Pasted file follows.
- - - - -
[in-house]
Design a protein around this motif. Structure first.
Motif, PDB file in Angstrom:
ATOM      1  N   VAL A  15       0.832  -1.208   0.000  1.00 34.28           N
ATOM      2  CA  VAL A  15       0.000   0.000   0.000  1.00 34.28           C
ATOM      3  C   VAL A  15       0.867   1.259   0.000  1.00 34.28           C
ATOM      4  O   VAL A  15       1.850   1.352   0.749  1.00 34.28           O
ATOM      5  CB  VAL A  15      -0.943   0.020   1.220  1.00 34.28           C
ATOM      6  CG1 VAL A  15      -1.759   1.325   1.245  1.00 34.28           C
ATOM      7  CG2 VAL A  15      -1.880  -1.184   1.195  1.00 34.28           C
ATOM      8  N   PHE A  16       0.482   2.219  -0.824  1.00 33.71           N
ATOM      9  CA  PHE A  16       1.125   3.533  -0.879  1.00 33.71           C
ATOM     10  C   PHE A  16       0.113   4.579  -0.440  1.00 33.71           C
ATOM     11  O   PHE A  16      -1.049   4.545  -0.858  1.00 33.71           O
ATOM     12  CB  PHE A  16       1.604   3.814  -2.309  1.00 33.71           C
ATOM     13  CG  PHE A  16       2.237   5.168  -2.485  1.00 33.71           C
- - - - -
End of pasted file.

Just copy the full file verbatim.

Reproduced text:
[in-house]
Design a protein around this motif. Structure first.
Motif, PDB file in Angstrom:
ATOM      1  N   VAL A  15       0.832  -1.208   0.000  1.00 34.28           N
ATOM      2  CA  VAL A  15       0.000   0.000   0.000  1.00 34.28           C
ATOM      3  C   VAL A  15       0.867   1.259   0.000  1.00 34.28           C
ATOM      4  O   VAL A  15       1.850   1.352   0.749  1.00 34.28           O
ATOM      5  CB  VAL A  15      -0.943   0.020   1.220  1.00 34.28           C
ATOM      6  CG1 VAL A  15      -1.759   1.325   1.245  1.00 34.28           C
ATOM      7  CG2 VAL A  15      -1.880  -1.184   1.195  1.00 34.28           C
ATOM      8  N   PHE A  16       0.482   2.219  -0.824  1.00 33.71           N
ATOM      9  CA  PHE A  16       1.125   3.533  -0.879  1.00 33.71           C
ATOM     10  C   PHE A  16       0.113   4.579  -0.440  1.00 33.71           C
ATOM     11  O   PHE A  16      -1.049   4.545  -0.858  1.00 33.71           O
ATOM     12  CB  PHE A  16       1.604   3.814  -2.309  1.00 33.71           C
ATOM     13  CG  PHE A  16       2.237   5.168  -2.485  1.00 33.71           C